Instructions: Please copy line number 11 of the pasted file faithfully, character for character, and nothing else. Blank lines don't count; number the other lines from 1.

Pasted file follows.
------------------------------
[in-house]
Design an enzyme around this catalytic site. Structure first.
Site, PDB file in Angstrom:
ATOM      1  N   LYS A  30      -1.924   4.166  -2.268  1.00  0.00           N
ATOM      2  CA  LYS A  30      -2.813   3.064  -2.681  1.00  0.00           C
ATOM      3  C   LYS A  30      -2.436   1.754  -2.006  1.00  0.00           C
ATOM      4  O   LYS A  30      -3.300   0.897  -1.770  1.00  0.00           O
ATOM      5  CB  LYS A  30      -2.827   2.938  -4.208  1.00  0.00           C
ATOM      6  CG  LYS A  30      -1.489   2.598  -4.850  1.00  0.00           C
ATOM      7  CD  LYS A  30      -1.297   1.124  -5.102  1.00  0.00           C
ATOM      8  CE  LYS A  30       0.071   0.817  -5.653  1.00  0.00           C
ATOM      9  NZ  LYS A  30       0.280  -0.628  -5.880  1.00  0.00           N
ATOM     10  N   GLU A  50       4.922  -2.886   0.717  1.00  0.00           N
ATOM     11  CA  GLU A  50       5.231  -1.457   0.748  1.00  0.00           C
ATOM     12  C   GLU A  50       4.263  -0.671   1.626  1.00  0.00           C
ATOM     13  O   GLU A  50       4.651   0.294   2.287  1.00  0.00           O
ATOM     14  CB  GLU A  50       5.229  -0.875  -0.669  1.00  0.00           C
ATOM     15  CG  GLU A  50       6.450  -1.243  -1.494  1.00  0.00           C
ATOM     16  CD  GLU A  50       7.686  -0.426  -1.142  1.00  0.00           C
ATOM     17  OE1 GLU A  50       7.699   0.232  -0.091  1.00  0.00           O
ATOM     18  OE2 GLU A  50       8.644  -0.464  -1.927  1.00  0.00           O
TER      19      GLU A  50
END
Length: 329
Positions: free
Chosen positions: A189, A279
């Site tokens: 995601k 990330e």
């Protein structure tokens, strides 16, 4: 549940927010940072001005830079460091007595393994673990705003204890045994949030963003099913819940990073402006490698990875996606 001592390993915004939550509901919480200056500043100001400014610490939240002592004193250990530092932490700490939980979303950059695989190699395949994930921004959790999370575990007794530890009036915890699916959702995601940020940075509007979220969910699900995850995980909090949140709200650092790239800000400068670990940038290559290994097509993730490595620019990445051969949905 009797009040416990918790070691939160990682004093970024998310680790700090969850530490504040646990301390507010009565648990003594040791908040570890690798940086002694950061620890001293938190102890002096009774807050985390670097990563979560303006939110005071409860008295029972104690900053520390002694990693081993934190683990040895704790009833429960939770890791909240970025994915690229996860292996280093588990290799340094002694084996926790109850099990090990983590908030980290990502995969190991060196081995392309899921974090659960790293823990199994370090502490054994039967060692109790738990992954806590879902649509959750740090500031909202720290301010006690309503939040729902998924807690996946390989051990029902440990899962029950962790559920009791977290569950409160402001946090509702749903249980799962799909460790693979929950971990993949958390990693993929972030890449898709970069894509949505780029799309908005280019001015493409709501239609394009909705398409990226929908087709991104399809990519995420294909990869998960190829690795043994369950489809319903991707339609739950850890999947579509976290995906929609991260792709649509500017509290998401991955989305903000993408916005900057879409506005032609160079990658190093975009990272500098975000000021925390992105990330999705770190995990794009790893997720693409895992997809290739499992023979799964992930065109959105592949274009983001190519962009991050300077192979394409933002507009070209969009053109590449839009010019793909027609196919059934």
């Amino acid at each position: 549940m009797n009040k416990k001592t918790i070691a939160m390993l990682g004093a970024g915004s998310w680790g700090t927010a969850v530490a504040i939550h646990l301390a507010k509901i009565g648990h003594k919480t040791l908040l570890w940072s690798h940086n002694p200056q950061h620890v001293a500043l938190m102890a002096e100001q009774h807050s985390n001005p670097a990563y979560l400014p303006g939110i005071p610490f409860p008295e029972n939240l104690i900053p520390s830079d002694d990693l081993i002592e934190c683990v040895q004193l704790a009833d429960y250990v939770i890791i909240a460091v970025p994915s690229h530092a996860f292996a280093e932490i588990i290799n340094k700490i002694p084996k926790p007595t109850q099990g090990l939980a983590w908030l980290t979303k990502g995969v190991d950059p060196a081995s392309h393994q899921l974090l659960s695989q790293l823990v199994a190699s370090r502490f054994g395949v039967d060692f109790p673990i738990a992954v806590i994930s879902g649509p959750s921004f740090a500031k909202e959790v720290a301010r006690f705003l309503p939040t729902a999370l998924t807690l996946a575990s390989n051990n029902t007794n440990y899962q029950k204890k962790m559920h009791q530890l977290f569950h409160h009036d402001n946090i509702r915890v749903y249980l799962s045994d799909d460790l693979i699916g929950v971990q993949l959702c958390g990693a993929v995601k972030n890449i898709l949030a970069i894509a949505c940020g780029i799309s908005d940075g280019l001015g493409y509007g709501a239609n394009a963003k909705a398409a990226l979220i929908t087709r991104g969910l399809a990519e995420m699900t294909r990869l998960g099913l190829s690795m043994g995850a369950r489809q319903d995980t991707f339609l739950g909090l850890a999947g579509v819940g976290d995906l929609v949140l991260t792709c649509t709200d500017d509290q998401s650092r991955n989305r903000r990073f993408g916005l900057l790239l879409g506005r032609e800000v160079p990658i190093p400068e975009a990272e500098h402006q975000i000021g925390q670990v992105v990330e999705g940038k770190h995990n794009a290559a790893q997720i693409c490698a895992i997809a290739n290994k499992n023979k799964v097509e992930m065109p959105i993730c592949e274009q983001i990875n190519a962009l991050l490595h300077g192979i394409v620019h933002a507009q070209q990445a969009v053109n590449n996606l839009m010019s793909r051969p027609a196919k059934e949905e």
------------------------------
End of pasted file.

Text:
ATOM      8  CE  LYS A  30       0.071   0.817  -5.653  1.00  0.00           C